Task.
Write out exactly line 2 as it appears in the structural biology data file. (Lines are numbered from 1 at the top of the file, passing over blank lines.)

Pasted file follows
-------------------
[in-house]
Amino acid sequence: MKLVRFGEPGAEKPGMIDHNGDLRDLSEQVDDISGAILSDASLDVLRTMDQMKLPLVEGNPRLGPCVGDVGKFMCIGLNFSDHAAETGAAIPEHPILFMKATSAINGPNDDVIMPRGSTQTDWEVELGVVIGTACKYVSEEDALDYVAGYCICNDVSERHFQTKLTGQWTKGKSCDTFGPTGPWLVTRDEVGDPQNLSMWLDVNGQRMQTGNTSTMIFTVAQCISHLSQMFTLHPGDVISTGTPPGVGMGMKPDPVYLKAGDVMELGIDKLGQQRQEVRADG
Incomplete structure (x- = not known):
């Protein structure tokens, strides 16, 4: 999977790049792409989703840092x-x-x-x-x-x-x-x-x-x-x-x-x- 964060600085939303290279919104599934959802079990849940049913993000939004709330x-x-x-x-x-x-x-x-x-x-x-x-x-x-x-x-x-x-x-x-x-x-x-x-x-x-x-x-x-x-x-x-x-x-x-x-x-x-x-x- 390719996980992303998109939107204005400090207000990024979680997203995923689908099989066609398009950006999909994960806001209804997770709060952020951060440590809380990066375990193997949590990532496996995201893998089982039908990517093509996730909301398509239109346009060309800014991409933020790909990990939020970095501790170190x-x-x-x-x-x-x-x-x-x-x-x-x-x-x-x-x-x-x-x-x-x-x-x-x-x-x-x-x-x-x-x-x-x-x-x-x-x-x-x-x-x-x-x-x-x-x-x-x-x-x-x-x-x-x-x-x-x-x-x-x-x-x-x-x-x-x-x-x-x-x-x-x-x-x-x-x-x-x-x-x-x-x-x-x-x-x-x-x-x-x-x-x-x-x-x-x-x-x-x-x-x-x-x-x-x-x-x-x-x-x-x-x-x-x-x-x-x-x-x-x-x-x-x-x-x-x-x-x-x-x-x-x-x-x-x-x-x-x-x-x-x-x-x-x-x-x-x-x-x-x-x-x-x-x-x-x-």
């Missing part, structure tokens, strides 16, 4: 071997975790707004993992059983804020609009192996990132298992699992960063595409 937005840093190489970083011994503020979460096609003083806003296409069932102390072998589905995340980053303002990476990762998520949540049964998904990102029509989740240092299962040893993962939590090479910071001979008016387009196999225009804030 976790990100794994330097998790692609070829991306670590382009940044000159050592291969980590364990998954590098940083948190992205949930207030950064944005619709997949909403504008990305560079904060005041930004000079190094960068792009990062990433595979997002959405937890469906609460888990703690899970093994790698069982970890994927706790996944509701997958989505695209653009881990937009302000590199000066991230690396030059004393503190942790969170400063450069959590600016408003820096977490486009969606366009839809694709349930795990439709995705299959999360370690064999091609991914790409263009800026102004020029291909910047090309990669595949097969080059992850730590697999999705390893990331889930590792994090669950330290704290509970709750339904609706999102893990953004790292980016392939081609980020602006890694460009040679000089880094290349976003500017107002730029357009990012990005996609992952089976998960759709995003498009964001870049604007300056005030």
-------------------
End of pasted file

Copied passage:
Amino acid sequence: MKLVRFGEPGAEKPGMIDHNGDLRDLSEQVDDISGAILSDASLDVLRTMDQMKLPLVEGNPRLGPCVGDVGKFMCIGLNFSDHAAETGAAIPEHPILFMKATSAINGPNDDVIMPRGSTQTDWEVELGVVIGTACKYVSEEDALDYVAGYCICNDVSERHFQTKLTGQWTKGKSCDTFGPTGPWLVTRDEVGDPQNLSMWLDVNGQRMQTGNTSTMIFTVAQCISHLSQMFTLHPGDVISTGTPPGVGMGMKPDPVYLKAGDVMELGIDKLGQQRQEVRADG